Unanimous support to rename federal courthouse for Judge J. Waties Waring

A statue of U.S. District Judge J. Waties Waring was placed outside the federal courthouse in Charleston last year honoring his landmark rulings on desegregation. South Carolina lawmakers back renaming the courthouse in his honor.

The federal courthouse in Charleston is likely to be renamed for pioneering U.S. District Judge J. Waties Waring, whose landmark rulings helped reverse segregation in the state.

All of South Carolina’s congressional delegation has signed on to support the change, which was outlined in legislation introduced this week.

The U.S. District Courthouse on Meeting Street is currently named for former Democratic U.S. Sen. Fritz Hollings, who initiated the idea.

U.S. Rep. Jim Clyburn, D-S.C., on Thursday filed a bill in the House as a companion piece to legislation in the Senate.

Waring’s courage “in standing up for what was right, even at the cost of social ostracism, will endure in our nation’s memory as a powerful example of statesmanship that must continually be sought regardless of the issues of the day,” Clyburn said.

Beginning in the 1940s, Waring, of Charleston, issued several landmark opinions on discrimination complaints filed in South Carolina. Some of his decisions were deemed so controversial at the time that he was shunned by his white neighbors.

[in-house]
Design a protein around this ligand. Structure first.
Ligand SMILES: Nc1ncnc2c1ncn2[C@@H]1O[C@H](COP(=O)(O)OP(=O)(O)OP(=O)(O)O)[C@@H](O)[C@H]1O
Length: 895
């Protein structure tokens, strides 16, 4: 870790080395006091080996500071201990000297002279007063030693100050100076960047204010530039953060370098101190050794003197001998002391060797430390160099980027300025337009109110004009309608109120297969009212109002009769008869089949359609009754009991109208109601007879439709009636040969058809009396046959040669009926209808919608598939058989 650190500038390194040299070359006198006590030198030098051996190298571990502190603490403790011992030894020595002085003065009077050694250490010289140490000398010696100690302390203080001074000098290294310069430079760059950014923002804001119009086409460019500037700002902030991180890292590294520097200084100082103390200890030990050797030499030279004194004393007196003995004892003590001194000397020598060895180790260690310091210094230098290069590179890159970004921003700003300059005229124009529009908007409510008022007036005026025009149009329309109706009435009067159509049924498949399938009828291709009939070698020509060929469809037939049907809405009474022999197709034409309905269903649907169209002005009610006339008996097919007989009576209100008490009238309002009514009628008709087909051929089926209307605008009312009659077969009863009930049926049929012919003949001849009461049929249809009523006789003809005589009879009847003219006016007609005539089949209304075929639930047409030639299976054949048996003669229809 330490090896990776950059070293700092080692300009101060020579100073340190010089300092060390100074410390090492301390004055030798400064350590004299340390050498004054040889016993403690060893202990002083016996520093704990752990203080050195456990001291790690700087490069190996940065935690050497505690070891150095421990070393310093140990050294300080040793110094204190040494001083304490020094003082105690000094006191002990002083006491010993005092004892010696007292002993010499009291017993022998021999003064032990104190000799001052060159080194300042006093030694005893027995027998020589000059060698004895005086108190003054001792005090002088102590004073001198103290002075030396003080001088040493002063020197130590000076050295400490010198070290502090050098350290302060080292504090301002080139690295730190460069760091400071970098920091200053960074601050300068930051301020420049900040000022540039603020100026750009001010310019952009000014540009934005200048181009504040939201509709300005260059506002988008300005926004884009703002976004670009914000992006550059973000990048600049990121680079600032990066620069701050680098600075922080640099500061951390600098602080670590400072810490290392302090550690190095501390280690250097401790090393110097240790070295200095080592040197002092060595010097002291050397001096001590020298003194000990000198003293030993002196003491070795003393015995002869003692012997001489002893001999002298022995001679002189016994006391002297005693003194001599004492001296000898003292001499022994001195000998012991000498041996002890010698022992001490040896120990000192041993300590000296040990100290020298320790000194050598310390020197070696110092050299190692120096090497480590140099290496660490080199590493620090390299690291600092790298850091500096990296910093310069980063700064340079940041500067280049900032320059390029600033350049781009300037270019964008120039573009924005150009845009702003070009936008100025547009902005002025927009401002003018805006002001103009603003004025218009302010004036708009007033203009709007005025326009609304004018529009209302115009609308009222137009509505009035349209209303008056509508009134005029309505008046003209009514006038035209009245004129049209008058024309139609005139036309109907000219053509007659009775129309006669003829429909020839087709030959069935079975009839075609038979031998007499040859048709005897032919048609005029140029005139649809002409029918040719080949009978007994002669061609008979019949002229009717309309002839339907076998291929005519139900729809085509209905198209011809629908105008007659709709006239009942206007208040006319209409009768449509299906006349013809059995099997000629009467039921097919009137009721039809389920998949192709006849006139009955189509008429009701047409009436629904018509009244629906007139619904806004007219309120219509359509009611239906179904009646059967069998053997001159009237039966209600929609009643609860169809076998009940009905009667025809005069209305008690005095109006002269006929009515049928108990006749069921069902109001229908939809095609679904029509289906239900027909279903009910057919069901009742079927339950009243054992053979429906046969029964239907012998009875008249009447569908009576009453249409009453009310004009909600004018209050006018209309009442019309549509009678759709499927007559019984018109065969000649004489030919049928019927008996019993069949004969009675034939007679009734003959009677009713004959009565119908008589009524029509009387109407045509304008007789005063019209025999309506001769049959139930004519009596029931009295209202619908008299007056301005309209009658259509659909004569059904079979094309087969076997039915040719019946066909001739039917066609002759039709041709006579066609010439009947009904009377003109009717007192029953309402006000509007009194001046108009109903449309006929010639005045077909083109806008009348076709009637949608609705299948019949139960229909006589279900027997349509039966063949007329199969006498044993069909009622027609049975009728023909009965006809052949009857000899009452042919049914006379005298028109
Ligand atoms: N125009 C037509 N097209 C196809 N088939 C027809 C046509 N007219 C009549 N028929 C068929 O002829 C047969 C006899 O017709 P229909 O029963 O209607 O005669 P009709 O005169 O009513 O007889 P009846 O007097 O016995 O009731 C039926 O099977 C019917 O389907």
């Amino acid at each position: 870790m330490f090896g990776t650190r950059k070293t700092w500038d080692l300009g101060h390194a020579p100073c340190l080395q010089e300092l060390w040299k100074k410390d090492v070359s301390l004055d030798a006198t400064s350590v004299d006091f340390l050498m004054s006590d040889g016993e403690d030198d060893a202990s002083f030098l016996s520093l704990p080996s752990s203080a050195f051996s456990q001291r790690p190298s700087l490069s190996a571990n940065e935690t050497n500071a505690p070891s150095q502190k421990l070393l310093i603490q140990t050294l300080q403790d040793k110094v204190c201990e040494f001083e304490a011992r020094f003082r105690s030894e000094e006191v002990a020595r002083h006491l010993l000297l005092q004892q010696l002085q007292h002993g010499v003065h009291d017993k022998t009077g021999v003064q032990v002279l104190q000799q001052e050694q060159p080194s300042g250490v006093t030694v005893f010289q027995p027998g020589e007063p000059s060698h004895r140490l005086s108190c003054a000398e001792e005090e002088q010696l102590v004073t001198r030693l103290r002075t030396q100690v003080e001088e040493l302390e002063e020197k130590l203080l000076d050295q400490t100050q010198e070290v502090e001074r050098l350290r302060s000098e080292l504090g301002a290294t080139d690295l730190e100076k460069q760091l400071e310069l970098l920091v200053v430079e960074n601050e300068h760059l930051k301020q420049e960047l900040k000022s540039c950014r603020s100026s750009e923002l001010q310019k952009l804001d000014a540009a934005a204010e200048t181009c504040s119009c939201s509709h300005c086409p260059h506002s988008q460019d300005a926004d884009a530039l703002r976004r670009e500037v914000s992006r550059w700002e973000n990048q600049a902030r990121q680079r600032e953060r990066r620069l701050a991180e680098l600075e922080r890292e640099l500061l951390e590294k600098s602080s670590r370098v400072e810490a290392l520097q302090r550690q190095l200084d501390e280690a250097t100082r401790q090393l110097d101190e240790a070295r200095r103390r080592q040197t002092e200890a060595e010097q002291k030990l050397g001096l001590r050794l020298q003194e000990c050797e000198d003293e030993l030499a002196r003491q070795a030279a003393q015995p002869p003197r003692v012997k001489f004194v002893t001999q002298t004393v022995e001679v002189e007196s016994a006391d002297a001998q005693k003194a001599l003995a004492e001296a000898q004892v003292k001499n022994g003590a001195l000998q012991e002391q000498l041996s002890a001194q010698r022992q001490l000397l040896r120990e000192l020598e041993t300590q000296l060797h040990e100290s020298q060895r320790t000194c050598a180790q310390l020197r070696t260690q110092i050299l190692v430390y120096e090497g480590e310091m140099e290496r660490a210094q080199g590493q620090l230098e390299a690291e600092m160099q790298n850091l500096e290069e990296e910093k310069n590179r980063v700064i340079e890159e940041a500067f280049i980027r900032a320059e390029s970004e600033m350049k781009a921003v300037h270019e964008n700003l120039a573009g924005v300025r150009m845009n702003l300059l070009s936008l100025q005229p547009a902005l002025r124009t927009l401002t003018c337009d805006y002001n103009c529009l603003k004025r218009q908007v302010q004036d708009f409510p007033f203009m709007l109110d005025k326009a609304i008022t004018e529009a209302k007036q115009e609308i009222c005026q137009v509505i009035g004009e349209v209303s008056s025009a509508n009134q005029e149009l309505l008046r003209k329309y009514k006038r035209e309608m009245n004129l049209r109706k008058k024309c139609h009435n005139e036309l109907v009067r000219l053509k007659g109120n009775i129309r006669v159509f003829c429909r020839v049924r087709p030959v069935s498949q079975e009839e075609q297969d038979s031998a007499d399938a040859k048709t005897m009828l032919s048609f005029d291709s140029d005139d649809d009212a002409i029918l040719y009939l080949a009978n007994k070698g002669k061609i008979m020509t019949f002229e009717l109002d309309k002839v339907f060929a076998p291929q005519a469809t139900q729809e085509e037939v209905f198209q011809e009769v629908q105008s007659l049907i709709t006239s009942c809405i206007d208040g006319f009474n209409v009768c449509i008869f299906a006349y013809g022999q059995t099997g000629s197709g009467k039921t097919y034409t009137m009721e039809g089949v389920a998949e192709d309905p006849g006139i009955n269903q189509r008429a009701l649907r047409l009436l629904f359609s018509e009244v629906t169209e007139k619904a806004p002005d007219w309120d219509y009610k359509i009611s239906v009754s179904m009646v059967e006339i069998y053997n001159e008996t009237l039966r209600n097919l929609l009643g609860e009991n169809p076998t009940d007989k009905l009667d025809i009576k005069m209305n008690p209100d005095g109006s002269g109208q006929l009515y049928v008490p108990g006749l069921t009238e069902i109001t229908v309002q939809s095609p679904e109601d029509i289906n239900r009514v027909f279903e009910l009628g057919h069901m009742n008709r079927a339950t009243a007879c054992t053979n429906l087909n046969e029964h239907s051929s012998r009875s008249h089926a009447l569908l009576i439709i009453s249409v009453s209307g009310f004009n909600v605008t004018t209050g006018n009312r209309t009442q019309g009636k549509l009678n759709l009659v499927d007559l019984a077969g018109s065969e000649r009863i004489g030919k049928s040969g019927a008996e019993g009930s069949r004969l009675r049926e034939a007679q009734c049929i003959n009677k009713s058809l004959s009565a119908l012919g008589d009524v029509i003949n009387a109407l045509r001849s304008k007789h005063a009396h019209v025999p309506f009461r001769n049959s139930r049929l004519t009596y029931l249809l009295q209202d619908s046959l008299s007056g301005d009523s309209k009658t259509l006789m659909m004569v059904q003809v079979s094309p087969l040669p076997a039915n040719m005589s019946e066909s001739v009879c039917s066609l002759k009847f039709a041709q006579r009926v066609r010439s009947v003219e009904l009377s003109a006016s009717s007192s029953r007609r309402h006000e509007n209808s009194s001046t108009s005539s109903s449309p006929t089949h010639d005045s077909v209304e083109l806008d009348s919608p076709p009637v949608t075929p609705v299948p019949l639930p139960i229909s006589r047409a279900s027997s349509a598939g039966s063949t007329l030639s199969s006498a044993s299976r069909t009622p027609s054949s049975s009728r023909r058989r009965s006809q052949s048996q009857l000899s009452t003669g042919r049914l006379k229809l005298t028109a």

In 1944 he ordered the equalization of teacher pay in South Carolina. In the 1947 Elmore v. Rice decision, he struck down South Carolina’s whites-only Democratic primary.

Perhaps his most significant opinion was the dissent in Briggs v. Elliott where he said “separate but equal” was unconstitutional. His writings became part of the foundation for the U.S. Supreme Court to adopt its Brown v. Board of Education ruling in 1954, striking down racial segregation in the nation’s public schools.

Clyburn acknowledged Hollings as the leading voice in advocating the change, even though it will remove his own name from the building. He called it a “selfless act of statesmanship.”

Hollings in March contacted U.S. Sen. Lindsey Graham about the name shift. Graham and U.S. Sen. Tim Scott, both South Carolina Republicans, filed the Senate version of the bill.

“I’m proud to be sponsoring legislation to rename the Hollings Judicial Center in honor of J. Waties Waring,” said Graham. “The request to rename the center came as a personal request from Senator Hollings, and I think it speaks volumes about his character and leadership.”

In a joint statement released by both senators, Scott agreed with Graham and said he was excited to see the entire Congressional delegation come together to honor Waring.

“Although not widely celebrated during his lifetime, Judge Waring’s contributions to the Civil Rights movement were incredibly important,” Scott said. History will not forget his efforts, and I am proud we are able to honor his memory in this way. I also want to thank Senator Hollings for his selfless request to change the name of the courthouse — he is truly a man of integrity and character.”

The site would be renamed the J. Waties Waring Judicial Center.

Reach Schuyler Kropf at 937-5551.